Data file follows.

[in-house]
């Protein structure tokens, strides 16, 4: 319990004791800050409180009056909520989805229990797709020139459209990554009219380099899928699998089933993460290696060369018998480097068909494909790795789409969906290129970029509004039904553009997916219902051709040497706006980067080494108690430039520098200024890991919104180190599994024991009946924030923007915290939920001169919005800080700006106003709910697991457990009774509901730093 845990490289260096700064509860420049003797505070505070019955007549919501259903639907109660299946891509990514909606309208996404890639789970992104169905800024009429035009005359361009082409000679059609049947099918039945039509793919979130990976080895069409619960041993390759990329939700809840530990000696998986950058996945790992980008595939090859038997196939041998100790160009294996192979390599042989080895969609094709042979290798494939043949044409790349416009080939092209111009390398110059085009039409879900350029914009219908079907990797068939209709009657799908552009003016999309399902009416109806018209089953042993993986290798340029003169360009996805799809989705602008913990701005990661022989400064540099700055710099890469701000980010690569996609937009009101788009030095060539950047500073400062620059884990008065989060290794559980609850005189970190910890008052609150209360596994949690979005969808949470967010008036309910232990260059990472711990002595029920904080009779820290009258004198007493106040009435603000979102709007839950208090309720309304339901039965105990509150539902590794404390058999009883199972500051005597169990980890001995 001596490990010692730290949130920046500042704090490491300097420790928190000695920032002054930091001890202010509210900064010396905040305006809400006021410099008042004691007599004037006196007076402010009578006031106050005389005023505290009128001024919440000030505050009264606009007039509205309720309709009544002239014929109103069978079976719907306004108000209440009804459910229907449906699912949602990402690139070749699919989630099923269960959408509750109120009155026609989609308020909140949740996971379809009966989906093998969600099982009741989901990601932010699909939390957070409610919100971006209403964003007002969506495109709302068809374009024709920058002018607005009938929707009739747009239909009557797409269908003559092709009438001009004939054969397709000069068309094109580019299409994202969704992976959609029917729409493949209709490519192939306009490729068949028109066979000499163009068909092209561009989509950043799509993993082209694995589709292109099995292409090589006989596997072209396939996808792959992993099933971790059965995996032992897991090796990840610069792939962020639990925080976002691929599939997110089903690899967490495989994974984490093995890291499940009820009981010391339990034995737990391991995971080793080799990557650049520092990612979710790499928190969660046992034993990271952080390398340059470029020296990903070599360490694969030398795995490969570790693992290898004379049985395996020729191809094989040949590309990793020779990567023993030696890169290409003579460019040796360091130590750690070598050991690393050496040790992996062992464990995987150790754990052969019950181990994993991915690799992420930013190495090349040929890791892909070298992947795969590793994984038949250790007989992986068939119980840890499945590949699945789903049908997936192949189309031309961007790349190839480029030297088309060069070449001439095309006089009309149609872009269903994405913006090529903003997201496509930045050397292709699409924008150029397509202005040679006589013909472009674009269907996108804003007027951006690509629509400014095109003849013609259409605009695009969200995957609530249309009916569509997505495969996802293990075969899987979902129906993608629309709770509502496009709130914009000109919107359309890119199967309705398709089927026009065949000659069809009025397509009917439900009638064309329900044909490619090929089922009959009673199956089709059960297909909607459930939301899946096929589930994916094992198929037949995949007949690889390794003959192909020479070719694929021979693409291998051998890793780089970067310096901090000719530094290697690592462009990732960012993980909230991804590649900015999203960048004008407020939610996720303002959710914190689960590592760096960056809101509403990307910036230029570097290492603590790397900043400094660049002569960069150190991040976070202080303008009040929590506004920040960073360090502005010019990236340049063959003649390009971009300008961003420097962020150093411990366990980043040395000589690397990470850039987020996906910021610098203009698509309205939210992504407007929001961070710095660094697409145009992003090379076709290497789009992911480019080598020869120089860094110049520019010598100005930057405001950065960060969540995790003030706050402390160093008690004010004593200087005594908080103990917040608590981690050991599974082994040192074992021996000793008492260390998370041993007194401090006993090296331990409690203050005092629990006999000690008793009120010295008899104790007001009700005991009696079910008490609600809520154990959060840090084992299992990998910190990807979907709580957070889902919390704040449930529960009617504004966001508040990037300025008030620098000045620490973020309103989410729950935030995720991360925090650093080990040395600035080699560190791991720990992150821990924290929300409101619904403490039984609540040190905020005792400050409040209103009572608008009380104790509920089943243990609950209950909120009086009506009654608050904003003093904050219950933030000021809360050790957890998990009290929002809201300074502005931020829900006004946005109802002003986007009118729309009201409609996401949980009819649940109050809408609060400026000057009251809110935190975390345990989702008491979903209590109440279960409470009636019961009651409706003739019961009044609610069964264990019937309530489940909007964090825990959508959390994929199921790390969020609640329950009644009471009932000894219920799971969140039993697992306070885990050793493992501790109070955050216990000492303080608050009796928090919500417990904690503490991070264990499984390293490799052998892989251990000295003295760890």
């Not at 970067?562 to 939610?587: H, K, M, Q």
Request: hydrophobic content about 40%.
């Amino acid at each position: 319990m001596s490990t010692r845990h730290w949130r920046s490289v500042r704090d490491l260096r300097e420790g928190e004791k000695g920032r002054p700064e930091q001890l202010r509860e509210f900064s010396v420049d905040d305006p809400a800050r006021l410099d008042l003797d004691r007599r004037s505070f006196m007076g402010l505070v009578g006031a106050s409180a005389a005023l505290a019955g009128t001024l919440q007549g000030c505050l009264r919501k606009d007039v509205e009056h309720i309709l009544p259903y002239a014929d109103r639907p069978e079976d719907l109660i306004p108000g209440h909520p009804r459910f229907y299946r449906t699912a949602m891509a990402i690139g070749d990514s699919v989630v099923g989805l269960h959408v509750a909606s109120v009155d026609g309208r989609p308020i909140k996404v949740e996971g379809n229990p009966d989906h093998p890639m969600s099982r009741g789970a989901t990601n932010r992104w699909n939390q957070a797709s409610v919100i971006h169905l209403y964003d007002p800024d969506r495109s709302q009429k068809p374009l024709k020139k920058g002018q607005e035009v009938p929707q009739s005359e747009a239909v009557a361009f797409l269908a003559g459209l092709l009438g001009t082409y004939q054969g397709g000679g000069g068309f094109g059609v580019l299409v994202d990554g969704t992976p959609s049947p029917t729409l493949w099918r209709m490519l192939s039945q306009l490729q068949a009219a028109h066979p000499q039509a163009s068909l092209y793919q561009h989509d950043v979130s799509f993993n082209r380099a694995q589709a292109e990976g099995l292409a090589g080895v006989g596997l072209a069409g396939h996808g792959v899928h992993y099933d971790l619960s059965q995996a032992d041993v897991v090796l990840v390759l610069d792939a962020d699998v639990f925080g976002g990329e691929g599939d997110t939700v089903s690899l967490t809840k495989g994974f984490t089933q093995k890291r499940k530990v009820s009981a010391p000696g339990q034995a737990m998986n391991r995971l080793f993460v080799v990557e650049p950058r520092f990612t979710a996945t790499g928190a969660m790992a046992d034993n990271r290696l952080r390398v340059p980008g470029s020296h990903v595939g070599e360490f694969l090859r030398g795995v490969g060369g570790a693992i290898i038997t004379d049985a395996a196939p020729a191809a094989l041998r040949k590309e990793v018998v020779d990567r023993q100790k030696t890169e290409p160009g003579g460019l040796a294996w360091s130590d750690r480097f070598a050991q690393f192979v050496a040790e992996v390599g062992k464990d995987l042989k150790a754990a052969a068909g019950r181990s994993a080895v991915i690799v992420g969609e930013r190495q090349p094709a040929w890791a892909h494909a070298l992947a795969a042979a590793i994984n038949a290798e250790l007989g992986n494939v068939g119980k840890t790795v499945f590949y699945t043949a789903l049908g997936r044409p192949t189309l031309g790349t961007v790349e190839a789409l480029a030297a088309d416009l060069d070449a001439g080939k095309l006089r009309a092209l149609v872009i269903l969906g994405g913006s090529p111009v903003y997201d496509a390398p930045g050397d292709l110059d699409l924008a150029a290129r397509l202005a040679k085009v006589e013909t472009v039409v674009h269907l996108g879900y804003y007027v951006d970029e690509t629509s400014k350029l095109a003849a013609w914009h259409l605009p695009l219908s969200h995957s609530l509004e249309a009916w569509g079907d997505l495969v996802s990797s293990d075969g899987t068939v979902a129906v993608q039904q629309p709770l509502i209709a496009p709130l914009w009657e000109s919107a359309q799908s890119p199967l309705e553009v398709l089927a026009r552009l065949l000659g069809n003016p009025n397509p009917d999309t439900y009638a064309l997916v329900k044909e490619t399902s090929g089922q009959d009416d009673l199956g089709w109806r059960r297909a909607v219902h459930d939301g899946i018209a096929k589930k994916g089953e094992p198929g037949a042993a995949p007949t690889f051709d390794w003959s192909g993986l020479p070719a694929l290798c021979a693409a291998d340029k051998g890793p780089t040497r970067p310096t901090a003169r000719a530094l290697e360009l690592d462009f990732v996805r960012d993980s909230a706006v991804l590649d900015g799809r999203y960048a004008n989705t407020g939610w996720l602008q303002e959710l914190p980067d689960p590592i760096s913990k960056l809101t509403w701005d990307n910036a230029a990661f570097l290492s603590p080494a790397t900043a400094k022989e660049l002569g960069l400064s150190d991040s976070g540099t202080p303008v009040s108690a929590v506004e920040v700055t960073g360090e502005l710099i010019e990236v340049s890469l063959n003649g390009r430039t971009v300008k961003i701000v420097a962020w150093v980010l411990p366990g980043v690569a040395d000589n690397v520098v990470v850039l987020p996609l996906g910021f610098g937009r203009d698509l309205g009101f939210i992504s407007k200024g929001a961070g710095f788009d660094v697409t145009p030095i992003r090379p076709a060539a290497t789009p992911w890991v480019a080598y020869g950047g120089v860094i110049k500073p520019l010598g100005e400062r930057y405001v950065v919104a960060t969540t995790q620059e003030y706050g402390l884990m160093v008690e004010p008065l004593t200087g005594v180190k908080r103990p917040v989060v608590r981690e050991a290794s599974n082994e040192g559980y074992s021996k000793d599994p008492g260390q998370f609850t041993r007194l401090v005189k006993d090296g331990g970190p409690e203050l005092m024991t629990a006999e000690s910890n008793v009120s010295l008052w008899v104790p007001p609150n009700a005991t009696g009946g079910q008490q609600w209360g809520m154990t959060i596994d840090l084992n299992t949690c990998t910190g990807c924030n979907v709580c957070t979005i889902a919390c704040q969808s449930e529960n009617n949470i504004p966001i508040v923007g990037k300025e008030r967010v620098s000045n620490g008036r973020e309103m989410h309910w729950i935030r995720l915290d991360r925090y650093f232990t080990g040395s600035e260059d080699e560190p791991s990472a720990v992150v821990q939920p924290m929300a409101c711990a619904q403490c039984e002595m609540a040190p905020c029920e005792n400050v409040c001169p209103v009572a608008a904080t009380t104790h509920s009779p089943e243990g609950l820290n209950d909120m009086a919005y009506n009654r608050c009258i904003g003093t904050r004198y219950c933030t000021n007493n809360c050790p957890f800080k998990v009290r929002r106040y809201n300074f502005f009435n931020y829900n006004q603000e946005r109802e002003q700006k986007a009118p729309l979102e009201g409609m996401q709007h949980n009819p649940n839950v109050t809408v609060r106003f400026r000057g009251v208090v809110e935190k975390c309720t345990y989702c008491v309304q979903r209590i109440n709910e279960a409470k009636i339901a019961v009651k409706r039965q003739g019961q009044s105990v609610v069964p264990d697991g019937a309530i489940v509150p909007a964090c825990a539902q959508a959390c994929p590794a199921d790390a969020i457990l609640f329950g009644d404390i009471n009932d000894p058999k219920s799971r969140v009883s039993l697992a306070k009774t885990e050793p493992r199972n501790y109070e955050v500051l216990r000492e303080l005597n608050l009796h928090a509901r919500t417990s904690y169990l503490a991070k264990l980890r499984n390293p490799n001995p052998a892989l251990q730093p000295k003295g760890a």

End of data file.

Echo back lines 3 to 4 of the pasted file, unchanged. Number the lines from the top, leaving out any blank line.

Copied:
């Not at 970067?562 to 939610?587: H, K, M, Q």
Request: hydrophobic content about 40%.